posted by stbalbach at 8:28 AM on May 20, 2011 [2 favorites]


stbalbach: Amazon is only talking about their sales, Forrester Research is talking about all book sales.
posted by entropicamericana at 8:34 AM on May 20, 2011


Printed books might never go away, but they will be like horses: certain people with enough money will indulge in them as a hobby, but most folk will no longer have anything to do with them.

It's possible that a better analogue to ebooks is recorded music: its ubiquity hasn't done a ton to diminish the existence of live music.
posted by shakespeherian at 8:35 AM on May 20, 2011


unproofed OCRs

That's essentially what Project Gutenberg does, they proofread scanned books (from Internet Archive and Google Books mostly). Actually technically it is the Distributed Proofreaders and Gutenberg is sort of the umbrella front end distribution part. Those books end up on Amazon as free Kindle books etc. DP is the engine creating all these books, most people have never heard of them.
posted by stbalbach at 10:28 AM on May 20 [+] [!]


Yep, I know and love Project Gutenberg and DP. I mainly wish google was making some kind of similar effort in house, but I guess that's unrealistic. At least they're providing the raw material. I was just so excited to see all these great books available (that weren't on PG), only to find that they were plagued by things like "!"s for "i"s and other bizarre OCR substitutions that often made words or whole paragraphs unintelligible. Still, free service, get what you pay for, etc.

The worst though was when I bought an e-book on Amazon that had those kind of errors. I got a refund of course, but I always check samples first now, even if it's a book that I'm already familiar with.
posted by Lentrohamsanin at 8:44 AM on May 20, 2011


stbalbach: Amazon is only talking about their sales, Forrester Research is talking about all book sales.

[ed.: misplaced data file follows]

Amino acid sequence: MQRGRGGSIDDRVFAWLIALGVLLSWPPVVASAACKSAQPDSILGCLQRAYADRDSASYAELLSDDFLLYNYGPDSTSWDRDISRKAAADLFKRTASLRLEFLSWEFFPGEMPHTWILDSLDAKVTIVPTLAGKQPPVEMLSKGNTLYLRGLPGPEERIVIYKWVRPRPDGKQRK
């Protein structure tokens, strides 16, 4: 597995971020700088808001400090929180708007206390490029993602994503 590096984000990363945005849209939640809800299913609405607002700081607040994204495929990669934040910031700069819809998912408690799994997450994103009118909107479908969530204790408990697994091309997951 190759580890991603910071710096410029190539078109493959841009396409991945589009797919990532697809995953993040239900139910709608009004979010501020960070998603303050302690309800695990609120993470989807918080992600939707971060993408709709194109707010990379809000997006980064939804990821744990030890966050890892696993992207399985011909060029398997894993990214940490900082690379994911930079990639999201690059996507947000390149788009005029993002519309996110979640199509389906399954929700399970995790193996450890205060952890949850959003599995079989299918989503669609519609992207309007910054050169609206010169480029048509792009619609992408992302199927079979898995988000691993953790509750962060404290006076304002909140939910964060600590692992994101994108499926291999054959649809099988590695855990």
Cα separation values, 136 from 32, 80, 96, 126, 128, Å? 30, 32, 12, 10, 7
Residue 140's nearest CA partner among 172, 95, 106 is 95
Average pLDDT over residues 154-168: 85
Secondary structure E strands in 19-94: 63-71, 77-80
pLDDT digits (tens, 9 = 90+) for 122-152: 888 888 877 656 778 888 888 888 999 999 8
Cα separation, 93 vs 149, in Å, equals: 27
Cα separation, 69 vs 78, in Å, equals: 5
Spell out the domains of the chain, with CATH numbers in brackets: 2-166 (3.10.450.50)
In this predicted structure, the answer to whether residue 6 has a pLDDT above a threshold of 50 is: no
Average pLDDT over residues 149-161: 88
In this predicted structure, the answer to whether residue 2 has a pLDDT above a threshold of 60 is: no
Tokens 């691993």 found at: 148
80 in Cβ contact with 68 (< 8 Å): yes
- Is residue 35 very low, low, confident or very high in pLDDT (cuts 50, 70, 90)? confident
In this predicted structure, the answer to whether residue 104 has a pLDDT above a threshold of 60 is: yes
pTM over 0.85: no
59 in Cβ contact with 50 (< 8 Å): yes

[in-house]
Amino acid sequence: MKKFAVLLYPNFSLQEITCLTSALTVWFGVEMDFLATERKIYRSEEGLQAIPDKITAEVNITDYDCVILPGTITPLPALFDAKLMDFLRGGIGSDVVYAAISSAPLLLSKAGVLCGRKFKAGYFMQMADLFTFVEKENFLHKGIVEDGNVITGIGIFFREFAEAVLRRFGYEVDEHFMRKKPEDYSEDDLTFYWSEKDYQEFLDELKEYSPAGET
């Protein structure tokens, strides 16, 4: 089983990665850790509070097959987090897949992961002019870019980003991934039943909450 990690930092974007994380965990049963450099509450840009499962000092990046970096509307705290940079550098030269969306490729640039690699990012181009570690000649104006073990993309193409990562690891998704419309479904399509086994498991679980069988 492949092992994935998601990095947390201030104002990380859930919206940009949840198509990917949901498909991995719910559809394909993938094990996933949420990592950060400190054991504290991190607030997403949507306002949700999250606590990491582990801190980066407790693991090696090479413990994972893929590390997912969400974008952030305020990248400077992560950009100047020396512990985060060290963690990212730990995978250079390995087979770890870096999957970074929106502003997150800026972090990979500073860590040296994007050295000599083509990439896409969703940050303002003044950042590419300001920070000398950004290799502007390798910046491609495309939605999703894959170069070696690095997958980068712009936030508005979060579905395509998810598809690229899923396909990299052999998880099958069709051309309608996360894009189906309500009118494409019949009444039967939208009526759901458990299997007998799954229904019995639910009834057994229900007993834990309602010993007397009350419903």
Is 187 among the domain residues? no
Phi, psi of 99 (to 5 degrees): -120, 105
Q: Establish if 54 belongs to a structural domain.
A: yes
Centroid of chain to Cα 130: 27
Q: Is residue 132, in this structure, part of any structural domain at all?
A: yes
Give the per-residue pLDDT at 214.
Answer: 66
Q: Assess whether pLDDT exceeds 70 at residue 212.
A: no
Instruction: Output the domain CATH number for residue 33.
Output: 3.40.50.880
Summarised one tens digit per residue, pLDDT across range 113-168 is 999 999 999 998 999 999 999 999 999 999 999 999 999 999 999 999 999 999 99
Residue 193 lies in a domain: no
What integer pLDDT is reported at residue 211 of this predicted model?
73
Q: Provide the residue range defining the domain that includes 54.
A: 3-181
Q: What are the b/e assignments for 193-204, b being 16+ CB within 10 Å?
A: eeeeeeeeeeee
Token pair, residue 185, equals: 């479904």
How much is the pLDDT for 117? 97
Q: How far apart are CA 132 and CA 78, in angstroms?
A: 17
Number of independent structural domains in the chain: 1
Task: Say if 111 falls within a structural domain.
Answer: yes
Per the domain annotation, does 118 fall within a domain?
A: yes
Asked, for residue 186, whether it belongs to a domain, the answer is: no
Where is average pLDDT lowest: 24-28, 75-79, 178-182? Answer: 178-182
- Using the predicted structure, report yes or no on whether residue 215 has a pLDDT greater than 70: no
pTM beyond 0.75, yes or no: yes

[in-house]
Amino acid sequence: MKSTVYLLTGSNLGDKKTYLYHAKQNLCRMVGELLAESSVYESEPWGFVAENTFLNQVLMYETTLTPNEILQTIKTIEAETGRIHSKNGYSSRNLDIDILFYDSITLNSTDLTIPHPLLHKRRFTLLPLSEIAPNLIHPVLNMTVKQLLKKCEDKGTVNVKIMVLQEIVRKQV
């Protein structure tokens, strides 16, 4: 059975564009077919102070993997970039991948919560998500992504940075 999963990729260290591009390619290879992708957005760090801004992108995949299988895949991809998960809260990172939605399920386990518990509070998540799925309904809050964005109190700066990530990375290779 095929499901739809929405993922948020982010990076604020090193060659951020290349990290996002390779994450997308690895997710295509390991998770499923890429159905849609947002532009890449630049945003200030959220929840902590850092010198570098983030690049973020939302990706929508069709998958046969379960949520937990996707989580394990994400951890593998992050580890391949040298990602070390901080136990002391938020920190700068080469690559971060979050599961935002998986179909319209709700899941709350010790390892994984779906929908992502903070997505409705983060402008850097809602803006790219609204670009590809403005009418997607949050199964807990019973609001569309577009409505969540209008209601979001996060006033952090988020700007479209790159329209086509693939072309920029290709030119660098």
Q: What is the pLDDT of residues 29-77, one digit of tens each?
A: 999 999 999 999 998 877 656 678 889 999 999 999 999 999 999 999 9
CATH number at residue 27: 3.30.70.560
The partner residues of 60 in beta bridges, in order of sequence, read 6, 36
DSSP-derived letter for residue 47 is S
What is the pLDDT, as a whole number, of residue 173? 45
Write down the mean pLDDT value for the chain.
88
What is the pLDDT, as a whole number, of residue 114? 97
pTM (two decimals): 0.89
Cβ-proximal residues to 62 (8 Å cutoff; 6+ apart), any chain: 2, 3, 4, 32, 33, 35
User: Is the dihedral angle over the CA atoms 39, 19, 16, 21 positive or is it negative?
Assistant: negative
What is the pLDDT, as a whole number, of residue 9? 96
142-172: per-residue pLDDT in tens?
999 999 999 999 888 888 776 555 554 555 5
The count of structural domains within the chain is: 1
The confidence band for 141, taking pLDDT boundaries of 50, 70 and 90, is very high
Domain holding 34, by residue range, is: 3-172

In that case, Amazon doesn't appear to be much of a player in the book selling business. I had always heard otherwise, that Amazon sold a significant percentage of all books.
posted by stbalbach at 8:49 AM on May 20, 2011


The estimates I've seen are that it's something like 20% B&N, 15% Borders, 20% Amazon currently, with the rest being either Walmart or Target etc., or independent places. Surprising to me but I guess people still like to browse books in person.
posted by smackfu at 8:58 AM on May 20, 2011


And open source electronic text books probably won't be zapped out of existence because people (and schools) will be allowed to keep copies of older editions.

Where are these open source electronic textbooks of which you speak? What motivation would a textbook publisher have to make their works open source?
posted by DiscourseMarker at 9:04 AM on May 20, 2011


I'd be careful about assuming upward trends will continue forever anyway. It might, but sometimes curves drop off too. I suppose we'll see in the next few years.
posted by Stagger Lee at 9:05 AM on May 20, 2011


In that case, Amazon doesn't appear to be much of a player in the book selling business. I had always heard otherwise, that Amazon sold a significant percentage of all books.

It could simply be that Amazon have an such overwhelming proportion of the ebook market that it overshadows their percentage of the book market, despite that percentage bing also relatively large.
posted by Jehan at 9:07 AM on May 20, 2011


If you buy an eReader that can open .epubs (which is all of them that I know of except amazon), you can buy books from pretty much anywhere and load them. No need to worry about any single store going under.

And Calibre (mentioned above) can also convert non-DRM'd ePubs into non-DRM'd .mobi files, which can be read by the Kindle. I've read probably 20-30 books on my Kindle since I got it in February, only 3 of which were .azw books which I purchased from the Kindle store.
posted by antifuse at 9:08 AM on May 20, 2011 [1 favorite]


It seems to me that for every person in this thread tacitly accusing Amazon of engaging in a deliberate misinformation campaign, there are three or four saying "E-reading has radically changed my book buying habits".

I didn't intend this post as an exercise in triumphalism. I deliberately included the "most inspiring bookstores" link as a reminder of the real and many pleasures of the printed book.

Tellingly, perhaps, no one mentioned it.
posted by Trurl at 9:34 AM on May 20, 2011